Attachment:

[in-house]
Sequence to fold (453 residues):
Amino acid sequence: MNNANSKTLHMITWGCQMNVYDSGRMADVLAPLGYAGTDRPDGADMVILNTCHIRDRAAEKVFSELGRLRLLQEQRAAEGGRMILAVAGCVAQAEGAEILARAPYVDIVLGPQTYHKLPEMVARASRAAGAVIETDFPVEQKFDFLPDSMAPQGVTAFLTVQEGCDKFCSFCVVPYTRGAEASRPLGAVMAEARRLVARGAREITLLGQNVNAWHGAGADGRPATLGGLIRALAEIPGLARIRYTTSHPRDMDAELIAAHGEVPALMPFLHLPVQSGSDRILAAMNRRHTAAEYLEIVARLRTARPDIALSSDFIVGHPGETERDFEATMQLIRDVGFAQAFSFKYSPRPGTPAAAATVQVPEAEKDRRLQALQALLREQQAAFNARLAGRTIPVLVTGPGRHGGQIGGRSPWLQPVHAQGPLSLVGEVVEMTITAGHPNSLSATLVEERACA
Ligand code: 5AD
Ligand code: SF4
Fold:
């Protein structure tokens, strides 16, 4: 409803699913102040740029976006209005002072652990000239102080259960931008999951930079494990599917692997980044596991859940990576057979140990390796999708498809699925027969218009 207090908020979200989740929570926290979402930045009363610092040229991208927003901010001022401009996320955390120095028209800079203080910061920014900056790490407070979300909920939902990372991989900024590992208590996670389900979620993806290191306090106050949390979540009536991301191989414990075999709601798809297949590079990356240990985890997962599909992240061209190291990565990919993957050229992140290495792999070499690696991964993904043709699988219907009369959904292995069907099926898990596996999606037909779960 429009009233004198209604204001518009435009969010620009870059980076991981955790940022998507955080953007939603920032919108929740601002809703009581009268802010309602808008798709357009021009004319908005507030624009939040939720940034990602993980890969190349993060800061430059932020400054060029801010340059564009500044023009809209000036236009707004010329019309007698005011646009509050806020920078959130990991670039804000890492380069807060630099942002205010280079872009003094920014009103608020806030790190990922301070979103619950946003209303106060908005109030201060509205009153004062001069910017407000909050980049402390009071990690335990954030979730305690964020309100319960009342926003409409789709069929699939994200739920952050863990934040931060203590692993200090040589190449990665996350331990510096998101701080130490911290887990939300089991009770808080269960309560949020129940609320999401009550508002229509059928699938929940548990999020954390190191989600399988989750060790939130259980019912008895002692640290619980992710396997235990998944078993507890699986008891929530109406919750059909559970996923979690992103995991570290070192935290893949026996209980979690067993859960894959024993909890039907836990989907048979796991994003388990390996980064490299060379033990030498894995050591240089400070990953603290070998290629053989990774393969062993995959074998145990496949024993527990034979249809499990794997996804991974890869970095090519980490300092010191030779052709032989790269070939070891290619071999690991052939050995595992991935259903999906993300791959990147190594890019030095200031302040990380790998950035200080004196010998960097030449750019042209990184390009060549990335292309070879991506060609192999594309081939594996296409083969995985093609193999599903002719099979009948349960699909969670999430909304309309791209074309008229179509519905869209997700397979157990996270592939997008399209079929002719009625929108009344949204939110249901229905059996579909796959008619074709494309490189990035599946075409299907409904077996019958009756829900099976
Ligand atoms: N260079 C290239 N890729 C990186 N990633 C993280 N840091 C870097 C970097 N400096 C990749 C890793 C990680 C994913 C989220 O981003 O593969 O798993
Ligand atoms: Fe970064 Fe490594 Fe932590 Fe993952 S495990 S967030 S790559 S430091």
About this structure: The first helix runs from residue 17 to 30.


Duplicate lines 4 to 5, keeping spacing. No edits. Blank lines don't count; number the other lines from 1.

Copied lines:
Ligand code: 5AD
Ligand code: SF4